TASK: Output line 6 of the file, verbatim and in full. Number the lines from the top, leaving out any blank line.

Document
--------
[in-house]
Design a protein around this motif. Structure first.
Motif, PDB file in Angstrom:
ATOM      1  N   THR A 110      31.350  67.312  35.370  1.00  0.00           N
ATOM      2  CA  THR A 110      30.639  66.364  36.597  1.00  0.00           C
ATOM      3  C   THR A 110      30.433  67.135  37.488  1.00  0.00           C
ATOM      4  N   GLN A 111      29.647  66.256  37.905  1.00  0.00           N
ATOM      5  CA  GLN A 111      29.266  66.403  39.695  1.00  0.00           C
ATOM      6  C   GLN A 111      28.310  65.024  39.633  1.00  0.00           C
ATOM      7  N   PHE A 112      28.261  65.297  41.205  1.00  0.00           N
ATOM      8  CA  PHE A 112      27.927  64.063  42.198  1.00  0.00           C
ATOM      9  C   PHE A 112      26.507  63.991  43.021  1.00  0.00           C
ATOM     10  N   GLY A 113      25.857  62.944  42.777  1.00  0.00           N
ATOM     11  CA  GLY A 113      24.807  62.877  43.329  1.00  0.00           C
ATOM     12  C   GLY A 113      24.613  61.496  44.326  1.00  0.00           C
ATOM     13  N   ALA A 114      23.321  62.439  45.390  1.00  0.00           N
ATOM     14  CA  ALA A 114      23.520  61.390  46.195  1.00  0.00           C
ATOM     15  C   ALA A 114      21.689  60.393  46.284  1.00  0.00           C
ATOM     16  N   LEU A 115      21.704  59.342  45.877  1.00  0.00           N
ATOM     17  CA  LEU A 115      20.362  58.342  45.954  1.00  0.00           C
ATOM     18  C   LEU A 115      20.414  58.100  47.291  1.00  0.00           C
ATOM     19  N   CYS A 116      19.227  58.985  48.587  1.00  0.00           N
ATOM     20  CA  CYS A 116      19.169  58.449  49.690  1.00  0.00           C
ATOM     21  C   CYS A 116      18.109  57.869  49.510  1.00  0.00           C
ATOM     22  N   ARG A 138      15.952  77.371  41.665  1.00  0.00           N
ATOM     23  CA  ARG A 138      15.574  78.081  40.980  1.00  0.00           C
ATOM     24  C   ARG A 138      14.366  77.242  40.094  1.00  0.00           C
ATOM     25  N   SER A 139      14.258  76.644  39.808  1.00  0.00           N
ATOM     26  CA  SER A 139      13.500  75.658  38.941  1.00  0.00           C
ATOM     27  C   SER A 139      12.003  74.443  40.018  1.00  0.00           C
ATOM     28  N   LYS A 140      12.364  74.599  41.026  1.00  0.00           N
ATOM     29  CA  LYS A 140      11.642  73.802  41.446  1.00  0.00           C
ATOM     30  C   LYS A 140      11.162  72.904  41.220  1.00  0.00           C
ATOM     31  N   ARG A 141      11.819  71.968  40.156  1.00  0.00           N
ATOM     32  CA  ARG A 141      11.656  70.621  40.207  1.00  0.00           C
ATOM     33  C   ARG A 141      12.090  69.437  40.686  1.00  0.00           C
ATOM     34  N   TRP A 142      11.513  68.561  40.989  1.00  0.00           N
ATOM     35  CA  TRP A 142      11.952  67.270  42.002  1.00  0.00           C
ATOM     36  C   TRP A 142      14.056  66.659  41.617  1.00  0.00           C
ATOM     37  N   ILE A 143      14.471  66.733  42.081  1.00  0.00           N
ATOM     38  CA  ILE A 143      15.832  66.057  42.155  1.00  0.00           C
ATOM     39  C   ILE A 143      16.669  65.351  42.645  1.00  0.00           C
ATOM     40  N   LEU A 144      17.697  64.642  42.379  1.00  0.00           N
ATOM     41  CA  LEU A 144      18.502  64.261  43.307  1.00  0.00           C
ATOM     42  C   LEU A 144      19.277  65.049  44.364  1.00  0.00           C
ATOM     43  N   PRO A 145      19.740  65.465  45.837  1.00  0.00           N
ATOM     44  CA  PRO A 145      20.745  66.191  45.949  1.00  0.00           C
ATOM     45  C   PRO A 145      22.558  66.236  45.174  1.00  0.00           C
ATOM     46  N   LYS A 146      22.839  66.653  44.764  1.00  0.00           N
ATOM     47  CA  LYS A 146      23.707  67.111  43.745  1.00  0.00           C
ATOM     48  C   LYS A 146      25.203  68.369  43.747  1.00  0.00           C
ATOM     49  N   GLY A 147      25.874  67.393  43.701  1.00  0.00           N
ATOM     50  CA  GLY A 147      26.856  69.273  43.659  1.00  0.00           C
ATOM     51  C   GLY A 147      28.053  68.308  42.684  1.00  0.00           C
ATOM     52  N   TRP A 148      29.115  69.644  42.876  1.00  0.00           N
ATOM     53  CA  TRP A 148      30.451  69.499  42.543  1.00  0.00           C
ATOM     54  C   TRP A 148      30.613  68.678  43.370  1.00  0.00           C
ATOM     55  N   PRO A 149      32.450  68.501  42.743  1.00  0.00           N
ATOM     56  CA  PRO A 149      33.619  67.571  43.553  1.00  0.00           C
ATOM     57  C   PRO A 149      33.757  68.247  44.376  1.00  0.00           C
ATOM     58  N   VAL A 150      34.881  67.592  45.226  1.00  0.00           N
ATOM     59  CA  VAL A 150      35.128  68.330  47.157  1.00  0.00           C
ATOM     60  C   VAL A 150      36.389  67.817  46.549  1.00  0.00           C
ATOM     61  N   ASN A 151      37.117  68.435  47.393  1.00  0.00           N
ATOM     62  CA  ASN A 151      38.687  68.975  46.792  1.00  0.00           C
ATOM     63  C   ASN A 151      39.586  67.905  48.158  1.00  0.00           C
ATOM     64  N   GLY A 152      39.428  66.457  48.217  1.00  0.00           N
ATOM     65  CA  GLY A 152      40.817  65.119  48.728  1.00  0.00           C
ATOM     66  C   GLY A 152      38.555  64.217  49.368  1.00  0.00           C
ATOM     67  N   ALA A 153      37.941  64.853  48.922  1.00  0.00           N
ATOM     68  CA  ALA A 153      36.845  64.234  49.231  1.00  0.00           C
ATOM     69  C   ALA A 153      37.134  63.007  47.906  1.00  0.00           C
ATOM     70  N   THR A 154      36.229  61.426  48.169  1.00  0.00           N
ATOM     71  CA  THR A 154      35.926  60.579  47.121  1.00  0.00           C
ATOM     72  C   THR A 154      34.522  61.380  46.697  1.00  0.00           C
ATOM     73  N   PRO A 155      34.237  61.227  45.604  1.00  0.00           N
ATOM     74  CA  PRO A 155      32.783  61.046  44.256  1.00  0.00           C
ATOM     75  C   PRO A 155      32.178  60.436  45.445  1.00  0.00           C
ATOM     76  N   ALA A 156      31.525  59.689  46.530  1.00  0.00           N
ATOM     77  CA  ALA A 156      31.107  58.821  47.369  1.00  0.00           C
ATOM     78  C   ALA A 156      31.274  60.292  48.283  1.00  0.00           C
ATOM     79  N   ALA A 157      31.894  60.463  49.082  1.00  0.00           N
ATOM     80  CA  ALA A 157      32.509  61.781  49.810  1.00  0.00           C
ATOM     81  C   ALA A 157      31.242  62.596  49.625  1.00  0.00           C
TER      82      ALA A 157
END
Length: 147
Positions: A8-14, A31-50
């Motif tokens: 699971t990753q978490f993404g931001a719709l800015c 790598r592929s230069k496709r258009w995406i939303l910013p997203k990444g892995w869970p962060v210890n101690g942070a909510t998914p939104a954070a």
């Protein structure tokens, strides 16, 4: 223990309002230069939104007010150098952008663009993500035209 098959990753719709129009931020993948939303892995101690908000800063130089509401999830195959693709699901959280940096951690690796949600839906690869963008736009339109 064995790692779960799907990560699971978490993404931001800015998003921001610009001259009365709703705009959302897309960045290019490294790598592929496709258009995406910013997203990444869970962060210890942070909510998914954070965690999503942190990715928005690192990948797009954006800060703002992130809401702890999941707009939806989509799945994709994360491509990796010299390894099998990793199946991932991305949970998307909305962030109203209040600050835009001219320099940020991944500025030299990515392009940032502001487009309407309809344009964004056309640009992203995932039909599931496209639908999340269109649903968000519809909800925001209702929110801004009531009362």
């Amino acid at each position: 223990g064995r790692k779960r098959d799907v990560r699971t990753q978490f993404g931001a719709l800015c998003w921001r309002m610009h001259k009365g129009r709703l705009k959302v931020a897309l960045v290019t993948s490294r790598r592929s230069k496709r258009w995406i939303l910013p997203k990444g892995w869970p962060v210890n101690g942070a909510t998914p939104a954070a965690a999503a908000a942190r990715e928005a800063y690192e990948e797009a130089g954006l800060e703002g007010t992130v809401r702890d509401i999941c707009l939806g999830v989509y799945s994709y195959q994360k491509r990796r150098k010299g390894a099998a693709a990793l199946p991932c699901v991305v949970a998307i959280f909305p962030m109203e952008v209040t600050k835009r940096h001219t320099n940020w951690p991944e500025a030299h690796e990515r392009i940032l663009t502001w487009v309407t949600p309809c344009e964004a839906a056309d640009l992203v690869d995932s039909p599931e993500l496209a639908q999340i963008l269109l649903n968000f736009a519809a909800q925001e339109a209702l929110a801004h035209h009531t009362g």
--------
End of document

ATOM      3  C   THR A 110      30.433  67.135  37.488  1.00  0.00           C